German birth rate climbs steadily
Family Minister Ursula von der Leyen has confirmed that Germans are having more children, saying that the tough economic situation is prompting growing numbers to seek security within the family.
In an interview with newspaper Bild am Sonntag, the minister said there has been a marked increase in births among women between the ages of 30 and 40.
In 2007, Germany registered 12,000 more births than in the previous year. The upward trend continued last year with 517,549 children born between January and September 2008 – an increase of 3,400, according to the newspaper. The Federal Statistics Office estimates that a total of 690,000 children were born in Germany last year.
Von der Leyen, who is to present a report on families in Germany on Monday, said her ministry had discovered that more German men had warmed to the idea of having kids.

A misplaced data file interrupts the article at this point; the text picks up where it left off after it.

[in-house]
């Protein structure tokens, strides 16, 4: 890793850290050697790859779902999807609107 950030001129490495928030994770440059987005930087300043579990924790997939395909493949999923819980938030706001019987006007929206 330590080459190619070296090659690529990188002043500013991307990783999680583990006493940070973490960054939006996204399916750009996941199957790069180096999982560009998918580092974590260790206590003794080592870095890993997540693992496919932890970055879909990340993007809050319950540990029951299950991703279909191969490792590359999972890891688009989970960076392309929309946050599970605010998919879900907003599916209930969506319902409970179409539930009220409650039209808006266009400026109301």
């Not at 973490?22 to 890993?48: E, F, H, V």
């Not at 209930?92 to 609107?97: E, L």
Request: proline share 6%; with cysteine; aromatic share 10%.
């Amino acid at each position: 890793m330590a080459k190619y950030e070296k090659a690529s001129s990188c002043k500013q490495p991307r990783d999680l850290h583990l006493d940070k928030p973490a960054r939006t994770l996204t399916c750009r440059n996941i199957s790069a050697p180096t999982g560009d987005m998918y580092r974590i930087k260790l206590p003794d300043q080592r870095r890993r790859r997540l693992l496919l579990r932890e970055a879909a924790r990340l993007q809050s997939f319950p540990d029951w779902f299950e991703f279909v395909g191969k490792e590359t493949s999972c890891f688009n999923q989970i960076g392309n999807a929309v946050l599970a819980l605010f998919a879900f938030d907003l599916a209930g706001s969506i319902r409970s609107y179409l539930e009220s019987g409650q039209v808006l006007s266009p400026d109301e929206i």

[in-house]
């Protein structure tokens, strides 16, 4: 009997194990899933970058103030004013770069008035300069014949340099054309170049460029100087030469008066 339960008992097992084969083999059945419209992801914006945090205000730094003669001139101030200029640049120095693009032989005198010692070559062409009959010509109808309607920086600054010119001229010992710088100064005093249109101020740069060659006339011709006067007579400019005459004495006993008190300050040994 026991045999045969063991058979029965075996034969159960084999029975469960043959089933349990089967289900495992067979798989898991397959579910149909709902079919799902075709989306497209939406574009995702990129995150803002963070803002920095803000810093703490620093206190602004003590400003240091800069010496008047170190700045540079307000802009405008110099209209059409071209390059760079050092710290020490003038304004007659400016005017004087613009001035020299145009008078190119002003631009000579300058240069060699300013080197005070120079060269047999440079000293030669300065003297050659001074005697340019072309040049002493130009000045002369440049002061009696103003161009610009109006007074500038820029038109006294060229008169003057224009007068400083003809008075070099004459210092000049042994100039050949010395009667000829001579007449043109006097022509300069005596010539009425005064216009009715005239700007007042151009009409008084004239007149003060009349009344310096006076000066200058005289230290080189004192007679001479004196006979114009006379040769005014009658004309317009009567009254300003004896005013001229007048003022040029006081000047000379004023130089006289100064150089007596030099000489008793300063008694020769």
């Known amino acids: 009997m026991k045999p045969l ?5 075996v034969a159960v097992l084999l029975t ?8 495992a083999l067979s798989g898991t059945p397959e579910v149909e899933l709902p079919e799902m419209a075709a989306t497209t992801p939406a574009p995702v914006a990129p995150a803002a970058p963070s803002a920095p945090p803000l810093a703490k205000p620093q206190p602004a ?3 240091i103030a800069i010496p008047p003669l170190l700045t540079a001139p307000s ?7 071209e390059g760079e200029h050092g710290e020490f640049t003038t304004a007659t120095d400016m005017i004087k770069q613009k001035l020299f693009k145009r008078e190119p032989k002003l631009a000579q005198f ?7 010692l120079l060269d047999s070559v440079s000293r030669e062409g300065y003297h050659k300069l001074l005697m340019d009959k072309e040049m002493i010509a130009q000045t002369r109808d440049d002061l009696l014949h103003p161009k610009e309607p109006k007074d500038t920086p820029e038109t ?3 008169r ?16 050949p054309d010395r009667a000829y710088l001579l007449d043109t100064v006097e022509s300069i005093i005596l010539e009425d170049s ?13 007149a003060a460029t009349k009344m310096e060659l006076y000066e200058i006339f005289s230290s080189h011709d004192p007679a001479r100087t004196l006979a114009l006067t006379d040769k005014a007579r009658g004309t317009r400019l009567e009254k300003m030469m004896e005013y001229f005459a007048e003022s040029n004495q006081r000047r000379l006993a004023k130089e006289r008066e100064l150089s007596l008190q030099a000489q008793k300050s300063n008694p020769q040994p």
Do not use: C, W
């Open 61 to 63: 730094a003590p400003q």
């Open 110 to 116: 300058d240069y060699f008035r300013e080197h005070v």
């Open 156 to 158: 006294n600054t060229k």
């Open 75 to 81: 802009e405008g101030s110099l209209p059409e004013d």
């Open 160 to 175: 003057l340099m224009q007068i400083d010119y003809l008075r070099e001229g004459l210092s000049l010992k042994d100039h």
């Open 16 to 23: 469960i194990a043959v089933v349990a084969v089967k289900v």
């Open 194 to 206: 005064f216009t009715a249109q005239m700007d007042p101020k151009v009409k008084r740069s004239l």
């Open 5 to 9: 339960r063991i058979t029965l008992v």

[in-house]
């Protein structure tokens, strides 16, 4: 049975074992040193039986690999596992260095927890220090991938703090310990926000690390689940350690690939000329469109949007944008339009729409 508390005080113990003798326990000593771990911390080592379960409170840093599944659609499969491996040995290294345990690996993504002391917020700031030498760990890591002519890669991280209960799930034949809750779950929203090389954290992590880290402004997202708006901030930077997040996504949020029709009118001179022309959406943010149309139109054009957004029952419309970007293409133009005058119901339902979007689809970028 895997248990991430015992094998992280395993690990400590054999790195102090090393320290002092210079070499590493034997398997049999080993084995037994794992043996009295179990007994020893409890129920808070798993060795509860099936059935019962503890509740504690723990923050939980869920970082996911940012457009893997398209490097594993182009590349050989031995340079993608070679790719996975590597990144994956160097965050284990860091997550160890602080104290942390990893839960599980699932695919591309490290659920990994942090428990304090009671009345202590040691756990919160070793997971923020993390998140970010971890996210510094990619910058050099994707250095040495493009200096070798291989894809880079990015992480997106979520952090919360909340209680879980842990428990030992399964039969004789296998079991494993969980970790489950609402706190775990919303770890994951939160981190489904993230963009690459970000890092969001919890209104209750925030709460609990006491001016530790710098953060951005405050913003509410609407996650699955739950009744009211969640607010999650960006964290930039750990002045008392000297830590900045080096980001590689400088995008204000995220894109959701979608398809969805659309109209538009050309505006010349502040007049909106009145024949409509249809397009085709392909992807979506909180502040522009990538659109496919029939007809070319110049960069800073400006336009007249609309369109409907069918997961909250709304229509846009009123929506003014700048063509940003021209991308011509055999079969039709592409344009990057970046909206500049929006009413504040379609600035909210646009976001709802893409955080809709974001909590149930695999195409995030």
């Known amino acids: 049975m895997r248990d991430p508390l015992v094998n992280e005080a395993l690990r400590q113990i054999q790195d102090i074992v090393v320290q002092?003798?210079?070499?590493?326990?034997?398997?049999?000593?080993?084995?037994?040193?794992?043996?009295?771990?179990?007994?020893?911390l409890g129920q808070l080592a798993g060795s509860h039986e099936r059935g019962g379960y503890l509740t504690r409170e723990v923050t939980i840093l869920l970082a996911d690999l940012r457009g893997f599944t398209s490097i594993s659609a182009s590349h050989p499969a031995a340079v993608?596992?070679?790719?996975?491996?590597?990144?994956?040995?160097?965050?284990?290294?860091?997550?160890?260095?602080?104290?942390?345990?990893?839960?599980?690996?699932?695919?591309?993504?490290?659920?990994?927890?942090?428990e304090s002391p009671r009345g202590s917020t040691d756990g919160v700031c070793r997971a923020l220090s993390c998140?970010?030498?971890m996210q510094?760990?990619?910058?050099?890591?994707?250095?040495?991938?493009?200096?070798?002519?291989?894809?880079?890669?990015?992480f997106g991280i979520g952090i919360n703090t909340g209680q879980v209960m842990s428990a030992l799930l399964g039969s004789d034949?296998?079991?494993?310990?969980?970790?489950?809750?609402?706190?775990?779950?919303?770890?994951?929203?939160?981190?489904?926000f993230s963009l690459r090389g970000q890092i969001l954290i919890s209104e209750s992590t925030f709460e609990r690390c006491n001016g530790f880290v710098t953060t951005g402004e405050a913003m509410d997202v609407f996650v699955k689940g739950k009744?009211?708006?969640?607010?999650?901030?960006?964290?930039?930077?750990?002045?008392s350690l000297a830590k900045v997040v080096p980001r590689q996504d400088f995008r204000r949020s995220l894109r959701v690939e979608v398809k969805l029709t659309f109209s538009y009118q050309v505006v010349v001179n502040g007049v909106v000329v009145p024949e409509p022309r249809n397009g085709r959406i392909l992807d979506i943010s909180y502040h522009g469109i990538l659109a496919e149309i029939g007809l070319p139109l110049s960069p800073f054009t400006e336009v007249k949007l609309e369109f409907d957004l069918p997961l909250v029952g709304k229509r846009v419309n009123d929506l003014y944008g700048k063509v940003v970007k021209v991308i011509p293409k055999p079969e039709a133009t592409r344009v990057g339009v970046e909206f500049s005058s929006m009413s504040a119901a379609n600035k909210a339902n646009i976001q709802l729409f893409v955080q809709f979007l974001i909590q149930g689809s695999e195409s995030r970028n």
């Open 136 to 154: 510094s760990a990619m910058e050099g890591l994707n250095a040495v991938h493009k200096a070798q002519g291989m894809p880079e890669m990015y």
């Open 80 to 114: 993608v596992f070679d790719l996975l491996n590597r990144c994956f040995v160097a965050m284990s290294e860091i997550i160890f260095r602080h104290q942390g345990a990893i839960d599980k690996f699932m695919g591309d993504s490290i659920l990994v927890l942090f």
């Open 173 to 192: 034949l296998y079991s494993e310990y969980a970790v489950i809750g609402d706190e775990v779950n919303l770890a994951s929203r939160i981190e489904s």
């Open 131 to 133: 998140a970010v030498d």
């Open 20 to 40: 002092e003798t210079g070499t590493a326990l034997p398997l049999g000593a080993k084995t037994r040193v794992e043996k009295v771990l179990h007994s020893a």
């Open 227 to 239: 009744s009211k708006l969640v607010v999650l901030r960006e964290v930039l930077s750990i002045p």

In 2007, the minister, a mother of seven, introduced parental leave benefits for German fathers which allow them to stay at home on two-thirds of their salaries for a year. The measure was meant to raise Germany’s birth rate which has long been one of the lowest in Europe.
“The desire to have children is rising among men. The role of the father is changing today,” von der Leyen said.
The minister said the severe economic recession in Germany was leading to fewer abortions and divorces, adding that the family offered a safe refuge for many people.
“When the economy falters, the family becomes more important,” she said.